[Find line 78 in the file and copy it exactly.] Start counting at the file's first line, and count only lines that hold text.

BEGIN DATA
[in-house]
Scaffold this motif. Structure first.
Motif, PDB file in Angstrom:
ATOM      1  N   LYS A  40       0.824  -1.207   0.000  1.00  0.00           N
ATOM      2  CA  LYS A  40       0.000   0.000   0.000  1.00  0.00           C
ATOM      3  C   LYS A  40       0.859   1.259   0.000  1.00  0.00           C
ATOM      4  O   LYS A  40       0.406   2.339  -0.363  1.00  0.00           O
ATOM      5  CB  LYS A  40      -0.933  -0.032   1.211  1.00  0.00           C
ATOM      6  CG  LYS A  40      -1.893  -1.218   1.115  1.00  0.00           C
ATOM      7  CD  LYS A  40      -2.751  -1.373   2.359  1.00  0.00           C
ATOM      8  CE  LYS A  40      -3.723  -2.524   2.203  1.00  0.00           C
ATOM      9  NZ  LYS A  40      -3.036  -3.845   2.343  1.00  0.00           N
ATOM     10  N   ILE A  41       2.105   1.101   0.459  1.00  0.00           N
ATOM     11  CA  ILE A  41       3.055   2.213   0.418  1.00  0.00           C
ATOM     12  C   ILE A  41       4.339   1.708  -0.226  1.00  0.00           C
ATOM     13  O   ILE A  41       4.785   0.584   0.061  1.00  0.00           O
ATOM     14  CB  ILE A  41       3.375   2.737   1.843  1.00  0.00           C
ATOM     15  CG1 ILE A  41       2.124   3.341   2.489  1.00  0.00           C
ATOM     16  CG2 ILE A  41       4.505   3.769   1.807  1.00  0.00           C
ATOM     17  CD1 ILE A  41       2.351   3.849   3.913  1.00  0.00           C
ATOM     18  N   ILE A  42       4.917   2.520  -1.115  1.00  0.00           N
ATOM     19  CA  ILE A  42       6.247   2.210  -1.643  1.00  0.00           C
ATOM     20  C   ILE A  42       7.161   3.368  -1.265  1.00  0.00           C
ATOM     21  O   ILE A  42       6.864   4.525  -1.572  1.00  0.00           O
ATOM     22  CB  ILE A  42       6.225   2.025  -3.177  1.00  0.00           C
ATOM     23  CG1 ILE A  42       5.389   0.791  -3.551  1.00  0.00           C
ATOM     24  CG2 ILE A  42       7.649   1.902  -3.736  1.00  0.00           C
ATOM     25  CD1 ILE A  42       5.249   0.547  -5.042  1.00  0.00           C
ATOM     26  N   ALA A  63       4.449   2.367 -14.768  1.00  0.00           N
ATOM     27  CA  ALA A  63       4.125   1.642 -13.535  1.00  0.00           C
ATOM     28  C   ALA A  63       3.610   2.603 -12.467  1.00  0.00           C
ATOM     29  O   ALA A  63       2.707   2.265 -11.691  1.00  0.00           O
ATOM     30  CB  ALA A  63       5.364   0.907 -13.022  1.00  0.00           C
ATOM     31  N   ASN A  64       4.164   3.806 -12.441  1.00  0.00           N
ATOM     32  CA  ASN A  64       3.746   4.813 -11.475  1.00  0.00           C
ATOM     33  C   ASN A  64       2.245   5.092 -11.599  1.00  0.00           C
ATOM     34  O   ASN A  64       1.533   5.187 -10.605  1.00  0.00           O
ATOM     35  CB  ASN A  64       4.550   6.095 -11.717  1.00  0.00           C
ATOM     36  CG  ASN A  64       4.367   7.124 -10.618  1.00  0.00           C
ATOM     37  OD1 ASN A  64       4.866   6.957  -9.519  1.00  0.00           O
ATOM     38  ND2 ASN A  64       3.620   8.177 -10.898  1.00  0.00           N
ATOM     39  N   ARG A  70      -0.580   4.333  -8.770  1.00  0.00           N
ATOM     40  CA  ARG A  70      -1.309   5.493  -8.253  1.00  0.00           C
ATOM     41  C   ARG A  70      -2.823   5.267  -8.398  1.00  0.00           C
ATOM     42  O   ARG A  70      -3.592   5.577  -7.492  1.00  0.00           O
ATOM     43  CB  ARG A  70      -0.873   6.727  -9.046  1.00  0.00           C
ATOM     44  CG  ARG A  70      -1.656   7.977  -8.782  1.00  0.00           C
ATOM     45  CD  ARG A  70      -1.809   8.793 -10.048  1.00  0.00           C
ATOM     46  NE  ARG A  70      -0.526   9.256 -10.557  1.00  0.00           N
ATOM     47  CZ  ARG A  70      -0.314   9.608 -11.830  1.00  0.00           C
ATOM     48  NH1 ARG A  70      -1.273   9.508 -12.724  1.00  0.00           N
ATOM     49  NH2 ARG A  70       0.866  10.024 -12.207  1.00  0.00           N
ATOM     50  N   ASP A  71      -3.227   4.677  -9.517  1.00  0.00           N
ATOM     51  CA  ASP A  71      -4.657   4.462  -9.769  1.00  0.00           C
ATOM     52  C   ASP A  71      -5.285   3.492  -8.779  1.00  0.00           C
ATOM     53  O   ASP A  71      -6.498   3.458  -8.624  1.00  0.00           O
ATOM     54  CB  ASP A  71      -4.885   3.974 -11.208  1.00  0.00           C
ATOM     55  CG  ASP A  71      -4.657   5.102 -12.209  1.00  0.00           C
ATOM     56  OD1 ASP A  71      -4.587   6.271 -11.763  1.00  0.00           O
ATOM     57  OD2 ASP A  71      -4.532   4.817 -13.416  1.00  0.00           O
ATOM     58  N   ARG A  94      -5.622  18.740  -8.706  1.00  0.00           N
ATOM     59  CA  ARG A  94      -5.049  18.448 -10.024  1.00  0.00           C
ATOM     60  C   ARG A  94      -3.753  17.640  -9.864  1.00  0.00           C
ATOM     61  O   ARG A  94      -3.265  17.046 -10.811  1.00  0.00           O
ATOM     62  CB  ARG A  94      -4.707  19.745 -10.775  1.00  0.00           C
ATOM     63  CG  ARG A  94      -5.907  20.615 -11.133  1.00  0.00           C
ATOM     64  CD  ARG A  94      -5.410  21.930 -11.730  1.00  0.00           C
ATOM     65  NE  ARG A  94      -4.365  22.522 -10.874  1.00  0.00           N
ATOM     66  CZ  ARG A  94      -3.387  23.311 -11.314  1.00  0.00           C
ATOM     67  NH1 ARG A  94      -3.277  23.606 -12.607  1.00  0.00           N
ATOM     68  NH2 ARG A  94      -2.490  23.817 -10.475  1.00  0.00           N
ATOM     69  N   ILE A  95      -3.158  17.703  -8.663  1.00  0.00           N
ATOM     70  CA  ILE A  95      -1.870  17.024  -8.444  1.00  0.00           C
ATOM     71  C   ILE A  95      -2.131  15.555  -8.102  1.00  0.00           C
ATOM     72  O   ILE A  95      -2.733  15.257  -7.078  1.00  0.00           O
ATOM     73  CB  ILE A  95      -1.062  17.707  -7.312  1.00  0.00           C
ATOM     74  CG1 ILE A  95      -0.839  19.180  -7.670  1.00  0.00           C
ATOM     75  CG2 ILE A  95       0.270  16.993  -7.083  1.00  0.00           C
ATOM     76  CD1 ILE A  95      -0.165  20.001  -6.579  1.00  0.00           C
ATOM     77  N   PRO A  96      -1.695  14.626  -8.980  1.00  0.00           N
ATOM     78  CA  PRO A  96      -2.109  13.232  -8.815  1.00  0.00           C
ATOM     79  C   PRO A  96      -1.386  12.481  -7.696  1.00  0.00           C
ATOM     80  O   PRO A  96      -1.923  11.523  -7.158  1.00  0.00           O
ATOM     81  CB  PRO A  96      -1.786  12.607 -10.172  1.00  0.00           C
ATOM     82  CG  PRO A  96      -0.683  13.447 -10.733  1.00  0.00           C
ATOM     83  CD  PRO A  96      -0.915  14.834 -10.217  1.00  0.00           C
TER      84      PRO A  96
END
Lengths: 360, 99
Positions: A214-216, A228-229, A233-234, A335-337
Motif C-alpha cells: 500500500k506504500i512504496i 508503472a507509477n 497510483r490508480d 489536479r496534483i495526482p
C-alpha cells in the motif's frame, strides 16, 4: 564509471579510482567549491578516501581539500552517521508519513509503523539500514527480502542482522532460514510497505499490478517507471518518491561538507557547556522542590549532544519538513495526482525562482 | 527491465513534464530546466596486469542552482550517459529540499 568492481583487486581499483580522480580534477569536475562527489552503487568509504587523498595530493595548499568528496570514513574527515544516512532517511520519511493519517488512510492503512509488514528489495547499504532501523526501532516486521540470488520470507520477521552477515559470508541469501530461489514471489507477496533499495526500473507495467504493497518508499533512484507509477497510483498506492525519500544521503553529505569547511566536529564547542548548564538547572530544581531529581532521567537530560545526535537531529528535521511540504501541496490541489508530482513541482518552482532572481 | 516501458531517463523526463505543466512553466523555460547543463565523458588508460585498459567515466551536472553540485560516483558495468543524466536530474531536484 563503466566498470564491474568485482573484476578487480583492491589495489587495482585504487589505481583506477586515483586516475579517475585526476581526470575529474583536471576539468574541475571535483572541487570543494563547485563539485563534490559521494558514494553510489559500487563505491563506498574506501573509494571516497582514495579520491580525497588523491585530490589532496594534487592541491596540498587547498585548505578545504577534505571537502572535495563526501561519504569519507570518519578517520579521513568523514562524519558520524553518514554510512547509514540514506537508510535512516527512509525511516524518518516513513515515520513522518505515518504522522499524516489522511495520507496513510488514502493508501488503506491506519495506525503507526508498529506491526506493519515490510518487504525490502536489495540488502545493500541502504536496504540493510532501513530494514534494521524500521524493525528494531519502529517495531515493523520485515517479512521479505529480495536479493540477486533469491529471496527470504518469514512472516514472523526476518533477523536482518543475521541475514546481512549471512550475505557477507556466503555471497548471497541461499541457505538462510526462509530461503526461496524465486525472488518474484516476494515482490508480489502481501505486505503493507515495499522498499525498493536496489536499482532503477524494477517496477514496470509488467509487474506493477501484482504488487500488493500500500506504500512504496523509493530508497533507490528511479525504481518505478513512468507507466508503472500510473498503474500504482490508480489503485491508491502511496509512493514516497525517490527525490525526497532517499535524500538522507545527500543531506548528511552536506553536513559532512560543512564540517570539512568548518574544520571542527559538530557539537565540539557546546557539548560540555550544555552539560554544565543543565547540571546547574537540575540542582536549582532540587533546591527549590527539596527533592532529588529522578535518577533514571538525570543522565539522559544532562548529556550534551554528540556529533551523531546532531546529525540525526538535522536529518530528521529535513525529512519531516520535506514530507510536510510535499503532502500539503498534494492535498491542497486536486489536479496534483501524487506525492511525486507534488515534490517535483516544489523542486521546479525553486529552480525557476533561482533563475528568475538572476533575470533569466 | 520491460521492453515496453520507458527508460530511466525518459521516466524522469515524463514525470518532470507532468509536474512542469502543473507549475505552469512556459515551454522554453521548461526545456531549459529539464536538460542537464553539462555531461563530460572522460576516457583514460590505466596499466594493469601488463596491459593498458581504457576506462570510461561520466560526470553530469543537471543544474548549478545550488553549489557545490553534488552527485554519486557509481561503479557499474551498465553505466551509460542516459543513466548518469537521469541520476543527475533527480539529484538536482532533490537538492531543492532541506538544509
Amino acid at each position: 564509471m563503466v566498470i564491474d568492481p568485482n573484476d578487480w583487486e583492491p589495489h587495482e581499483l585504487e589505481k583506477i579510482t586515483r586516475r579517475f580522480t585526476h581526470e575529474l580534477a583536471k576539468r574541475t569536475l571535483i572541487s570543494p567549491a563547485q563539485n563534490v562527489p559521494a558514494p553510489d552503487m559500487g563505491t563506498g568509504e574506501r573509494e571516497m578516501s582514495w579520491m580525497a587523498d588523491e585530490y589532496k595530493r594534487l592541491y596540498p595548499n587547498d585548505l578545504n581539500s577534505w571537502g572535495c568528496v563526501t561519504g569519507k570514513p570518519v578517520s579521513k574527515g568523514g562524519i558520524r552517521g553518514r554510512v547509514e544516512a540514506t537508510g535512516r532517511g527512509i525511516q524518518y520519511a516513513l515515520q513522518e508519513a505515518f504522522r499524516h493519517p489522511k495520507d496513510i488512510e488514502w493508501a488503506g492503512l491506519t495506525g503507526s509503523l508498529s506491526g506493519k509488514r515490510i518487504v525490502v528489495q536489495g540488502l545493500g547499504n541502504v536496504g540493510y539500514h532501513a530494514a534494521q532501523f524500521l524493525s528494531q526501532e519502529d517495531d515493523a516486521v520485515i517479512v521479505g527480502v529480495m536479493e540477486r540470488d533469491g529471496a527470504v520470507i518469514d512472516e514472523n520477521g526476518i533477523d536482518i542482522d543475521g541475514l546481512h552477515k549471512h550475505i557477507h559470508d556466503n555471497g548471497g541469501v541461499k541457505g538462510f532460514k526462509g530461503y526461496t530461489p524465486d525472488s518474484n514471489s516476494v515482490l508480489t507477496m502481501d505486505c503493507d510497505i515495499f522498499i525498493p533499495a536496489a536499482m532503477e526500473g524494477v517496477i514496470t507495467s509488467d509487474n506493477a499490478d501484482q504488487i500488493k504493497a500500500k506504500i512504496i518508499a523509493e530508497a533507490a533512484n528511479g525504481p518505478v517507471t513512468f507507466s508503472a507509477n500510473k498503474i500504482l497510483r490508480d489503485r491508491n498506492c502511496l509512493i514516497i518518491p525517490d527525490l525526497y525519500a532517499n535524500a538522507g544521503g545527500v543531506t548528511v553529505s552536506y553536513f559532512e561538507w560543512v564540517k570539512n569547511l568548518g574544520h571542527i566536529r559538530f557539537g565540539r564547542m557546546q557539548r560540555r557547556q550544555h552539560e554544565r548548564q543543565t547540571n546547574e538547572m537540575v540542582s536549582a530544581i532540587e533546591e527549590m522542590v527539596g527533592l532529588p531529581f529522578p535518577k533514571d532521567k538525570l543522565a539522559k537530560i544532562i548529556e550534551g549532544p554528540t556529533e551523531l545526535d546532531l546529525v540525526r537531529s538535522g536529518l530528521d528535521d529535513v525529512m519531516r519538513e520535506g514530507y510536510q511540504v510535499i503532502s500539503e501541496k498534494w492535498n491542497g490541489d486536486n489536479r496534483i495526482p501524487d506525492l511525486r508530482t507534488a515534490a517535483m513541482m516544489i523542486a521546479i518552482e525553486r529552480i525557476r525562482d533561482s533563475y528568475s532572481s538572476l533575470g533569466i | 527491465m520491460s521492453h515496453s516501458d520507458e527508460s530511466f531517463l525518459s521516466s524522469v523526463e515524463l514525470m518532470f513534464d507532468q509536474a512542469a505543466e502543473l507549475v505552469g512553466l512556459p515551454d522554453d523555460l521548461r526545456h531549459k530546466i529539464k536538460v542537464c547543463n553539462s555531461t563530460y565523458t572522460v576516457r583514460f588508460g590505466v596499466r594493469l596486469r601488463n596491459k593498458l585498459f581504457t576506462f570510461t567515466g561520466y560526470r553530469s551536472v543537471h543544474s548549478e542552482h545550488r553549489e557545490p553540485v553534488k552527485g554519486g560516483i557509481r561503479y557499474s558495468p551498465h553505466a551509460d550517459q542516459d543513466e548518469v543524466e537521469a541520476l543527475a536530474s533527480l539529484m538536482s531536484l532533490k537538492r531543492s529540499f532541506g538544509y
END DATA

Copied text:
ATOM     75  CG2 ILE A  95       0.270  16.993  -7.083  1.00  0.00           C